If you want to broaden your knowledge base and develop the practical skills needed to lead in nursing, you may be interested in an earning a Master’s of Science in Nursing degree. Don’t yet have your bachelor’s degree in nursing? RN to MSN degree programs provide registered nurses who hold a diploma or associate’s degree in nursing a faster route to a master’s degree.
Master’s of Nursing degree programs usually take two years to complete. RN to MSN degree programs, however, may require students to complete additional bachelor’s-level classes before moving on to the MSN coursework. If you have an associate’s degree in nursing, plan on completing the program and earning your degree in two and half to three years of full-time study. If you need to take a lighter course load because of work and/or family duties, the RN to MSN program may take three or more years to complete as a part-time student.
Some factors to consider when evaluating the time frame of an online RN to MSN degree program:
- How many credits are required for graduation?
- How many credit hours can you commit to each semester?
- Does the program accept transfer credits? How many?
- How many clinical hours are required to graduate?
RN to MSN bridge programs include a mix of bachelor’s- and master’s-level nursing courses. After general education and pre-requisite course requirements are satisfied, you will begin the foundations and core courses for the Master’s of Science in Nursing. Curriculum varies by program and specialization, but some of the topics you can expect to study may include:
- Foundational concepts of professional nursing
- Leadership and role development of the Advanced Practice Nurse
- Nursing research and evidence-based practice
- Advanced health assessment and diagnostic reasoning
- Pharmacology and the role of the nurse in drug therapy
- Epidemiology and population-based nursing
In addition to coursework, RN to MSN programs may also have a clinical practicum component that provides students with opportunities to synthesize theory, practice and evidence in real-world nursing situations. There may also be one or more mandatory on-campus immersion events that are designed to provide hands-on training experiences and development opportunities.
Specializations and focus areas
Depending on your practice interests and professional nursing career goals, you may be able to choose a specialized track for your Master’s of Nursing degree. Some of the available RN to MSN specializations may include:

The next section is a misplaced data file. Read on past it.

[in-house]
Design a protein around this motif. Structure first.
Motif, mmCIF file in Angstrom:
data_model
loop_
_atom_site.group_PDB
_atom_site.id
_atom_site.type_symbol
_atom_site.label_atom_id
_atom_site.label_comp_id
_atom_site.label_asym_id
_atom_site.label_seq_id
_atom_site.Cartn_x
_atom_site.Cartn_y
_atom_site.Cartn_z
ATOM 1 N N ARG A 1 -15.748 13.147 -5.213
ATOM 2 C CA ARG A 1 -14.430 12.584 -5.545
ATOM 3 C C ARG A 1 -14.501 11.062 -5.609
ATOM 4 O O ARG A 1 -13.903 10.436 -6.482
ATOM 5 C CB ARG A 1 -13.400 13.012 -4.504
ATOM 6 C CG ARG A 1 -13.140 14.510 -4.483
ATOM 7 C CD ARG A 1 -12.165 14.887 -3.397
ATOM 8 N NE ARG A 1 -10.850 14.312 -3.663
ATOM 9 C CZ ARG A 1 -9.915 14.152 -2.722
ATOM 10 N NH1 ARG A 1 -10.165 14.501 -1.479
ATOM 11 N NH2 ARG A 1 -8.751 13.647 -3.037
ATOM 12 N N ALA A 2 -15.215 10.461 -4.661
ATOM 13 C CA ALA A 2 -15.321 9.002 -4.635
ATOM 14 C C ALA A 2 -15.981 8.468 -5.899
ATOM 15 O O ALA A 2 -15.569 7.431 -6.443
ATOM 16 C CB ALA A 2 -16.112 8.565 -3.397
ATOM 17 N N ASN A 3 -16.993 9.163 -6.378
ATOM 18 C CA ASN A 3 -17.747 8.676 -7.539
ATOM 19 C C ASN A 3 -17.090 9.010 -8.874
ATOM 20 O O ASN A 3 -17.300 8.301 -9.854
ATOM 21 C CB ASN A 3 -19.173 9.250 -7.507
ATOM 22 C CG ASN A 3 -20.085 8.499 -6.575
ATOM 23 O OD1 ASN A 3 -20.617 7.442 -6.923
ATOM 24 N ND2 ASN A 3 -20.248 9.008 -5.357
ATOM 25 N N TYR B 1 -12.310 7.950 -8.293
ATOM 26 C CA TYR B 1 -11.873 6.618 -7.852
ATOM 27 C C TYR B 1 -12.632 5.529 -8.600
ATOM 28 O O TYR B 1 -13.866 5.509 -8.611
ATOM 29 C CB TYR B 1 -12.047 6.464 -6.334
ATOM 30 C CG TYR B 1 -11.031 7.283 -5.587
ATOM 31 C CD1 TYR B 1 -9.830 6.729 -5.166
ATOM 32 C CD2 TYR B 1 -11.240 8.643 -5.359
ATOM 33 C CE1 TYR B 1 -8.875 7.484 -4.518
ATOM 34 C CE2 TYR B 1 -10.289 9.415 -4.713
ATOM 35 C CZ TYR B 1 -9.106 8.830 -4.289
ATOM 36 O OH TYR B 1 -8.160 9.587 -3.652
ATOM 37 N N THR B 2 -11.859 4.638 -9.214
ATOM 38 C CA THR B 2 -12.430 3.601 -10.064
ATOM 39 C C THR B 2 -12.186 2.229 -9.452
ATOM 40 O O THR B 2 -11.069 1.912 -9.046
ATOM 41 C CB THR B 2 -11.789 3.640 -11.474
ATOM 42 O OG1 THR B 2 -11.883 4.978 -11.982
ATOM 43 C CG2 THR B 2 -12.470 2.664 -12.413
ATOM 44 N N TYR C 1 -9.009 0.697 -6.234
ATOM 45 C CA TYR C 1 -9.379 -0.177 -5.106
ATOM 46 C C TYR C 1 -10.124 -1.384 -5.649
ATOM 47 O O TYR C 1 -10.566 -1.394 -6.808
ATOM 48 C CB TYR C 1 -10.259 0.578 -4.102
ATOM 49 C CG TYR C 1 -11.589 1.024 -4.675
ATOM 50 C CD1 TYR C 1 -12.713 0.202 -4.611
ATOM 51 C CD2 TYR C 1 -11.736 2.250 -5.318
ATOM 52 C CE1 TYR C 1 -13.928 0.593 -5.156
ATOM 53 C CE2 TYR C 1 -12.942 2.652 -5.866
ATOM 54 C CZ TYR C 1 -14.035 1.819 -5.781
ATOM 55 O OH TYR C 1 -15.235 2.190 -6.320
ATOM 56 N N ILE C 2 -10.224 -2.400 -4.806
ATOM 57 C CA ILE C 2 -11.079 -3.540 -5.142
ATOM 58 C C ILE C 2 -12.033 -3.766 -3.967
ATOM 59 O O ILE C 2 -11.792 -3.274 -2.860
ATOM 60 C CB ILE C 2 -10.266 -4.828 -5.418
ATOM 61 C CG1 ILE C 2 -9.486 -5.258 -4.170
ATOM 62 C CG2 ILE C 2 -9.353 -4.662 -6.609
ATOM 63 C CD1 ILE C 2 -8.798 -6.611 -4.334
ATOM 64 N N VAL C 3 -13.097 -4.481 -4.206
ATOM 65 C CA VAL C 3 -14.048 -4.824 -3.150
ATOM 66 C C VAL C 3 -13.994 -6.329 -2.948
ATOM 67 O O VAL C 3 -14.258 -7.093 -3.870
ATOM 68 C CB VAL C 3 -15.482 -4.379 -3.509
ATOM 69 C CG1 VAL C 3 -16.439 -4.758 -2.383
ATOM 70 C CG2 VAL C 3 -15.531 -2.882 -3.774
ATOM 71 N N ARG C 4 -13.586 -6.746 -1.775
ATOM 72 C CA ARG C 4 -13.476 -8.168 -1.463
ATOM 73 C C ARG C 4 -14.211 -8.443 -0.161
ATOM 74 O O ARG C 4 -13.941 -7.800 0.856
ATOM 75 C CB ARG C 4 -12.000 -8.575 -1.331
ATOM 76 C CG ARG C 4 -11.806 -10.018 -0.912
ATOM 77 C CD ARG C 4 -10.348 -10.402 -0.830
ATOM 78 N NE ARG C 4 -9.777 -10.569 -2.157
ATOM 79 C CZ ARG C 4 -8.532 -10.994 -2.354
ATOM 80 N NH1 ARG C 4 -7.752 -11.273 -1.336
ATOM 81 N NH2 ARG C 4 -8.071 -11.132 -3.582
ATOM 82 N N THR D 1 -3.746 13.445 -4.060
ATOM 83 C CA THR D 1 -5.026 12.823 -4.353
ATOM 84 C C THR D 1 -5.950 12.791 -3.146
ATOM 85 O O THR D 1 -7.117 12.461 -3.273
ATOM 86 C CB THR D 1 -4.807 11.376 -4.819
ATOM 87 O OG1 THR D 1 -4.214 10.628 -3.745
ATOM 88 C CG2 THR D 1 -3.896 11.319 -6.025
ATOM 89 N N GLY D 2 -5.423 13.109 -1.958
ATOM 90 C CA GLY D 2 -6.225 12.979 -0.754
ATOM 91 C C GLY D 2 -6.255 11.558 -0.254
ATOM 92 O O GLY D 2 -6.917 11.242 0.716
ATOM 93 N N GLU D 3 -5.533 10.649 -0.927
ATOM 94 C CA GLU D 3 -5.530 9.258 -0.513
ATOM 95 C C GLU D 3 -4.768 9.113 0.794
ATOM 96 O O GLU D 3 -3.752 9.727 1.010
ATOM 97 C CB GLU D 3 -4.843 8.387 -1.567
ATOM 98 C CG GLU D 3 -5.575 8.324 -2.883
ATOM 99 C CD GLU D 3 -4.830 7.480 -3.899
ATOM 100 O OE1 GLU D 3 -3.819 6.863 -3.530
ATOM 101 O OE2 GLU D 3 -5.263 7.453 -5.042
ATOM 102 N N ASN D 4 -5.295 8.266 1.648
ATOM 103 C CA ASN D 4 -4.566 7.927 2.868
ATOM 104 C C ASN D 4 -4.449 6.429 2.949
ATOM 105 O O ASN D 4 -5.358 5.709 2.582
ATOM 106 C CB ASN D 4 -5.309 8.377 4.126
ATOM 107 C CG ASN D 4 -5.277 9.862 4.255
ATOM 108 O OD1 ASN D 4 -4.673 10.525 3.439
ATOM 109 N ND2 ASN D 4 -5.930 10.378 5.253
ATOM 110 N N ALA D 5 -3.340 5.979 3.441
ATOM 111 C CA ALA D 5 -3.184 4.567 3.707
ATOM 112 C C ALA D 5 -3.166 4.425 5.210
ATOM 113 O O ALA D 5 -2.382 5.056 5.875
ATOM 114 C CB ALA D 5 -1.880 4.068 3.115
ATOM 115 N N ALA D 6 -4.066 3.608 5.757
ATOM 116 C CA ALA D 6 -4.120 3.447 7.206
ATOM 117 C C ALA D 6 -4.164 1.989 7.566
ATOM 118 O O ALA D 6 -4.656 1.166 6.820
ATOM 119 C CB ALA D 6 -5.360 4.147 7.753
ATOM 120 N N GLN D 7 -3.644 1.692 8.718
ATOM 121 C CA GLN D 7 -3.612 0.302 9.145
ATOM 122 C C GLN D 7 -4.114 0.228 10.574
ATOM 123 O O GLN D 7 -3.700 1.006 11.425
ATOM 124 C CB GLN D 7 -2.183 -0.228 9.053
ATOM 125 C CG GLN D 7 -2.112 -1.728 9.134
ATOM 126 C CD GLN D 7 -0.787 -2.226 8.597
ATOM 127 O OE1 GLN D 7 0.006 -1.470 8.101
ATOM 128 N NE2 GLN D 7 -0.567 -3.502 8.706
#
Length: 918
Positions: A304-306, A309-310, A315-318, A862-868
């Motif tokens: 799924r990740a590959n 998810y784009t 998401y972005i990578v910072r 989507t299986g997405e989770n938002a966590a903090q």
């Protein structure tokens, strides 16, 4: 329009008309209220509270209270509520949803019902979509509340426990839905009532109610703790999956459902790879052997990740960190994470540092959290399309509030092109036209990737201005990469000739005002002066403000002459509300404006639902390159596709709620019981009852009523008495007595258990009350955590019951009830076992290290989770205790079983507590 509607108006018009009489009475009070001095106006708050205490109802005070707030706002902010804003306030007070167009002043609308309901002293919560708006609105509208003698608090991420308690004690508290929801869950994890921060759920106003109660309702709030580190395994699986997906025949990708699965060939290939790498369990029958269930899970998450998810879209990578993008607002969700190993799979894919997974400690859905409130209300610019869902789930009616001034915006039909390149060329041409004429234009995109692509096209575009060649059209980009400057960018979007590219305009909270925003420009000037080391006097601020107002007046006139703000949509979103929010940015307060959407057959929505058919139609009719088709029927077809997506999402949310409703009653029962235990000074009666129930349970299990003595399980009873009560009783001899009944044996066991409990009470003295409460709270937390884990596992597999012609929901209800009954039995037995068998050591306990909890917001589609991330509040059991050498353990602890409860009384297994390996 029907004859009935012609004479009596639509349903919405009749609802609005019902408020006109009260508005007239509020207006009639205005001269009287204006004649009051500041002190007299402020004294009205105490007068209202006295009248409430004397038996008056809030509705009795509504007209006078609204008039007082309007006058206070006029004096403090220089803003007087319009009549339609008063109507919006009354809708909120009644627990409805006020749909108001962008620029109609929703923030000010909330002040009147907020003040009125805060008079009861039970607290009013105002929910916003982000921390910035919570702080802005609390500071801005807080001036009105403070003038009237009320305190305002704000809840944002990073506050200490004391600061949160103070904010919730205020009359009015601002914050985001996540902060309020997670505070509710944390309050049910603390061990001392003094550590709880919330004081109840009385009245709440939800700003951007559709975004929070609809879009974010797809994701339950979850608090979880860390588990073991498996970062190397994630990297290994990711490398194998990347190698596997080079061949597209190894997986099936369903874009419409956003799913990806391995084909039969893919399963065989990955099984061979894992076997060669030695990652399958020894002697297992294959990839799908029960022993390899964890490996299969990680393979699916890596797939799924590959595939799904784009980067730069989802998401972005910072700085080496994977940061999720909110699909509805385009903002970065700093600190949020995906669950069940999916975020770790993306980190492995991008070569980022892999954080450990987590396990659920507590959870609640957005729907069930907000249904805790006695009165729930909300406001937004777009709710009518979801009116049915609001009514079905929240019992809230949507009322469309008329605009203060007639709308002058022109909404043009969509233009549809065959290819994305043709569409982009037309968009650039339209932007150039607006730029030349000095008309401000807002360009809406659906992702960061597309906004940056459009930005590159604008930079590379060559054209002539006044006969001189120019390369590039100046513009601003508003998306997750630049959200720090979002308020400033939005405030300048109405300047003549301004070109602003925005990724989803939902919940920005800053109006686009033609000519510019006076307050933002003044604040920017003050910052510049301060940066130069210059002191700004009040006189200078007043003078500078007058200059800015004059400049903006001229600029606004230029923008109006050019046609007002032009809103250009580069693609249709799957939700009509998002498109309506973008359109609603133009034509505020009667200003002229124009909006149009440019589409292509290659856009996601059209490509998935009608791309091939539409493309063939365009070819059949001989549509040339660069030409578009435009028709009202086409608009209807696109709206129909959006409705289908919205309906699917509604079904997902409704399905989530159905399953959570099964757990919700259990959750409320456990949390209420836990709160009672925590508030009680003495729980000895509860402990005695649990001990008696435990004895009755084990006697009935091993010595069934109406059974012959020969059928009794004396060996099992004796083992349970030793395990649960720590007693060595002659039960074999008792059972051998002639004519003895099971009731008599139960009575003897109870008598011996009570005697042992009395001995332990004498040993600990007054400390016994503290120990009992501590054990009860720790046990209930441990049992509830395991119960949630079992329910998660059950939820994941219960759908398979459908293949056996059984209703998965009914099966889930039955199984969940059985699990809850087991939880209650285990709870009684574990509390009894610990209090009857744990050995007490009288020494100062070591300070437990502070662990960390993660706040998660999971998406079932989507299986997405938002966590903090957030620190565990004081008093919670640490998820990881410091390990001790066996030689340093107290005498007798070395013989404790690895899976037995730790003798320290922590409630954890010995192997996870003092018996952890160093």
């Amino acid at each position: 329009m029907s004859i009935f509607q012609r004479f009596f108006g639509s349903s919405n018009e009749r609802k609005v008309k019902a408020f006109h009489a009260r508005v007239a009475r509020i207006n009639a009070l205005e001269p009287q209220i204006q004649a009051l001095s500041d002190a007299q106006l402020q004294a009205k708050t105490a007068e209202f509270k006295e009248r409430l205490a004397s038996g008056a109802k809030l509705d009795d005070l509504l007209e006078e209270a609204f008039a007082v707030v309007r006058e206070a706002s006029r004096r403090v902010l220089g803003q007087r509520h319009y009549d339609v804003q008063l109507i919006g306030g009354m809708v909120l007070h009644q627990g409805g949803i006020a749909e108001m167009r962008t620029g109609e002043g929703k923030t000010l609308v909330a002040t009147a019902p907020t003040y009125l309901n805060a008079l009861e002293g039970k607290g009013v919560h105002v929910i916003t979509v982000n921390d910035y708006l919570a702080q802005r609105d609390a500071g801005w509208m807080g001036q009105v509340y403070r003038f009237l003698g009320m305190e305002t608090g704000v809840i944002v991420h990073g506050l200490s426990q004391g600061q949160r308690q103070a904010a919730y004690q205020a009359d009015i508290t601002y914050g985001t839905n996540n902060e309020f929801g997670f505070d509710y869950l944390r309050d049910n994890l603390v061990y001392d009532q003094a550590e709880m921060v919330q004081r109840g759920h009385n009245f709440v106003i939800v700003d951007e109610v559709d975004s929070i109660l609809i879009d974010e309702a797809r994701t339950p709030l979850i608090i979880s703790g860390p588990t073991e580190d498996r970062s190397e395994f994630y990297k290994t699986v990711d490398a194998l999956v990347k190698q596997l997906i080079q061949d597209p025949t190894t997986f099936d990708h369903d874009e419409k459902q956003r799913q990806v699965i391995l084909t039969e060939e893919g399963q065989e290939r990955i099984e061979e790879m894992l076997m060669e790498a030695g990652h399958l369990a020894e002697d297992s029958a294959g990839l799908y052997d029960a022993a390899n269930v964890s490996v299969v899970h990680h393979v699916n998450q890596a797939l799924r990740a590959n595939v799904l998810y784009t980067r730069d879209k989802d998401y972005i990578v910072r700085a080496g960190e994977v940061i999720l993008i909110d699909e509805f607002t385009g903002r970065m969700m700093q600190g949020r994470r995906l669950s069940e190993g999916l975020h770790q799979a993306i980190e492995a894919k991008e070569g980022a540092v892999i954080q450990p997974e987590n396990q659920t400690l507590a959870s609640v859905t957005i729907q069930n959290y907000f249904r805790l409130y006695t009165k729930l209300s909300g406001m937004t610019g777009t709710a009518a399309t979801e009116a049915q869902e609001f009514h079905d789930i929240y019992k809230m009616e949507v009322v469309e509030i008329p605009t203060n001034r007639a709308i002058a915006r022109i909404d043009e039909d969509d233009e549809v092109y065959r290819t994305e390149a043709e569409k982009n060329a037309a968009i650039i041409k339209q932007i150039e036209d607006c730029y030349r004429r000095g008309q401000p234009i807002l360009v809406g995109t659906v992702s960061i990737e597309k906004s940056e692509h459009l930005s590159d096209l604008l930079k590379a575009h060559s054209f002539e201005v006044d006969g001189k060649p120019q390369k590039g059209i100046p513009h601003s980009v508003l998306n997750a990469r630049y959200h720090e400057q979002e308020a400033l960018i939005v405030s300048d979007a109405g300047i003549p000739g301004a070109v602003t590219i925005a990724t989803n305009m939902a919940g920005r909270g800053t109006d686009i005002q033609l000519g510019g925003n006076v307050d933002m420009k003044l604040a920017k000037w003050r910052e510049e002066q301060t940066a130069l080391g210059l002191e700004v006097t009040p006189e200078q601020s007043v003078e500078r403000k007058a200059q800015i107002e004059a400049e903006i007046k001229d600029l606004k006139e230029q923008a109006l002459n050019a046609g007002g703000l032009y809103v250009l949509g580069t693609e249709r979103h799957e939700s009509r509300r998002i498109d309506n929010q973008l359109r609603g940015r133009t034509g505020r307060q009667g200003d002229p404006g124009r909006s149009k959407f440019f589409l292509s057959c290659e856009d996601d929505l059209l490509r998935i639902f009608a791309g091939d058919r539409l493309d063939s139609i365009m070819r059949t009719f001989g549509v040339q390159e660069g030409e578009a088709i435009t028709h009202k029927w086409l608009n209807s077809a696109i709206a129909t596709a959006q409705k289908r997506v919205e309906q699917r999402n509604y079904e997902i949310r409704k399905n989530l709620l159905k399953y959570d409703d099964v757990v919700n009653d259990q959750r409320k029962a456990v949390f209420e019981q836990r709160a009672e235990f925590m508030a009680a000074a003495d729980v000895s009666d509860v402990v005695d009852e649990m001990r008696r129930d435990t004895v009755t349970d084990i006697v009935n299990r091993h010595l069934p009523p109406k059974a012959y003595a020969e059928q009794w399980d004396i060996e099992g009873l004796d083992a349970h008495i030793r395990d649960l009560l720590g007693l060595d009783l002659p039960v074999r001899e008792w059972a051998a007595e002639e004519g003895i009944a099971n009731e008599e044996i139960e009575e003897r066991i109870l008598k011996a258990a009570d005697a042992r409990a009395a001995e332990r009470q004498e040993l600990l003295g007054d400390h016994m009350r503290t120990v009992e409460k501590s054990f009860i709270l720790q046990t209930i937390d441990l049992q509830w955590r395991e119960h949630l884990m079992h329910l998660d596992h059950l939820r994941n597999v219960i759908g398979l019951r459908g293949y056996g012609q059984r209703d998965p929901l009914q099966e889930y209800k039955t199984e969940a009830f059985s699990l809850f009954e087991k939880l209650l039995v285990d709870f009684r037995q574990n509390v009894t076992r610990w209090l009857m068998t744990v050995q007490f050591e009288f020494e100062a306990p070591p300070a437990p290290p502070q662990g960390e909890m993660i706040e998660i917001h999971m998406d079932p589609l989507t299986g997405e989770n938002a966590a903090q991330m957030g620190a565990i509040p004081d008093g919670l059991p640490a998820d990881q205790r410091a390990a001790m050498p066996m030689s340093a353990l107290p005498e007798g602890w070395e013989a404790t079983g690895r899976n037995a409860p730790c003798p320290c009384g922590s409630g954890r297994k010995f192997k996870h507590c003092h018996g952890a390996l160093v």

- Forensic Nursing
- Nursing Informatics
- Nursing Administration and Management
- Nursing Education
- Public Health
- Family Nurse Practitioner (FNP)
- Women’s Health Nurse Practitioner (WHNP)
- Adult Gerontology Acute Care Nurse Practitioner (AG-ACNP)
In addition to these specializations, RN to MSN programs may also offer students the opportunity to focus on a particular area of advanced nursing practice. These practice areas can help you treat specific populations, including families, women and the elderly. RN to MSN focuses may include:
RN to MSN admission requirements vary by program. General requirements may include:
- Associate’s Degree of Nursing or a Nursing Diploma from an accredited institution
- Current, active and unrestricted RN license
- A satisfactory GRE, GMAT or MCAT score
- Letters of professional reference
MSN degree means higher pay and more opportunities
In 2013, the Bureau of Labor Statistics examined select health care occupations in which workers with a master’s degree earned a premium over workers with a bachelor’s degree. According to the BLS, the median annual wage for master’s-level registered nurses was $12,000 higher than the median annual wage for BSN nurses.
Mescape’s 2016 RN/LPN Salary Report also found significant differences in RN earnings by educational degree. Nurses with a bachelor’s degree reported an average salary of $79,000; master’s degree nurses reported an average salary of $86,000. In other words, going from a BSN to MSN, the average salary for RNs increases by nine percent.
A master’s degree may also provide you with opportunities for higher-paying nursing roles. According to the Association of Perioperative Registered Nurses (AORN), ““Those with higher-paying jobs, especially the directors, are less likely to have only a diploma or associate degree and are more likely than staff nurses to have a master’s degree in nursing.”
This is possibly the most important question to ask if you’re considering your first online class. Although it sounds ideal to have the flexibility to study and attend class from almost anywhere, some programs may be more engaging than others. Depending on the type of student you are, programs that offer a rich human component (live-streaming classes and group projects, for example) may feel more engaging and may even help motivate you to stay on top of your studies.
Ask yourself these questions if you are considering enrolling in your first online class:
- Do I have the proper technology, fast-speed internet, up-to-date software and hardware?
- Can I commit to the study time necessary, about 10 hours weekly per class?
- Can I work independently to meet the program requirements?
- Will I get the same satisfaction collaborating with my peers in an online discussion group?
If you’ve answered yes to most of the questions, then online education may be a good fit for you. Want to learn more about college costs or degree program requirements? Read on to learn more.
Ready to start comparing programs?
See which RN to MSN program is right for you.